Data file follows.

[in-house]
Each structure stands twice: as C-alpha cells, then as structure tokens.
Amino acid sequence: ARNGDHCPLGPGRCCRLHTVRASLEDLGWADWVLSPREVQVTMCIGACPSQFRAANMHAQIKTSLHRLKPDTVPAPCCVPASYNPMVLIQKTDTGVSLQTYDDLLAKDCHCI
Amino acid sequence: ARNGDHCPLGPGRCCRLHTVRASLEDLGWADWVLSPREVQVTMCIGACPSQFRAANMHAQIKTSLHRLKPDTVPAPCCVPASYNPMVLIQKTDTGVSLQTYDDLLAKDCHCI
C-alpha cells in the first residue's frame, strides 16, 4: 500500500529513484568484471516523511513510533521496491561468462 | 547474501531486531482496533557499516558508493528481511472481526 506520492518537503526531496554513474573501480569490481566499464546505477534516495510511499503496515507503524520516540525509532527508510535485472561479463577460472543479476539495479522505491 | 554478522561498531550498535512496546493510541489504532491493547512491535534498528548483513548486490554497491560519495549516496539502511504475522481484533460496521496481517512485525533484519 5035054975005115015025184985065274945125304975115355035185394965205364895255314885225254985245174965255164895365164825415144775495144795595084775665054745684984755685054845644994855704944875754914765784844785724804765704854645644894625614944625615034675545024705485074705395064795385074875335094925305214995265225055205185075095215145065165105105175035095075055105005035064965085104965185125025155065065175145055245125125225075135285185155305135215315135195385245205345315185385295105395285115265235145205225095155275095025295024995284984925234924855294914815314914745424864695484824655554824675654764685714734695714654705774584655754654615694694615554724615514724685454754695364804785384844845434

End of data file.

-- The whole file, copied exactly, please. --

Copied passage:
[in-house]
Each structure stands twice: as C-alpha cells, then as structure tokens.
Amino acid sequence: ARNGDHCPLGPGRCCRLHTVRASLEDLGWADWVLSPREVQVTMCIGACPSQFRAANMHAQIKTSLHRLKPDTVPAPCCVPASYNPMVLIQKTDTGVSLQTYDDLLAKDCHCI
Amino acid sequence: ARNGDHCPLGPGRCCRLHTVRASLEDLGWADWVLSPREVQVTMCIGACPSQFRAANMHAQIKTSLHRLKPDTVPAPCCVPASYNPMVLIQKTDTGVSLQTYDDLLAKDCHCI
C-alpha cells in the first residue's frame, strides 16, 4: 500500500529513484568484471516523511513510533521496491561468462 | 547474501531486531482496533557499516558508493528481511472481526 506520492518537503526531496554513474573501480569490481566499464546505477534516495510511499503496515507503524520516540525509532527508510535485472561479463577460472543479476539495479522505491 | 554478522561498531550498535512496546493510541489504532491493547512491535534498528548483513548486490554497491560519495549516496539502511504475522481484533460496521496481517512485525533484519 5035054975005115015025184985065274945125304975115355035185394965205364895255314885225254985245174965255164895365164825415144775495144795595084775665054745684984755685054845644994855704944875754914765784844785724804765704854645644894625614944625615034675545024705485074705395064795385074875335094925305214995265225055205185075095215145065165105105175035095075055105005035064965085104965185125025155065065175145055245125125225075135285185155305135215315135195385245205345315185385295105395285115265235145205225095155275095025295024995284984925234924855294914815314914745424864695484824655554824675654764685714734695714654705774584655754654615694694615554724615514724685454754695364804785384844845434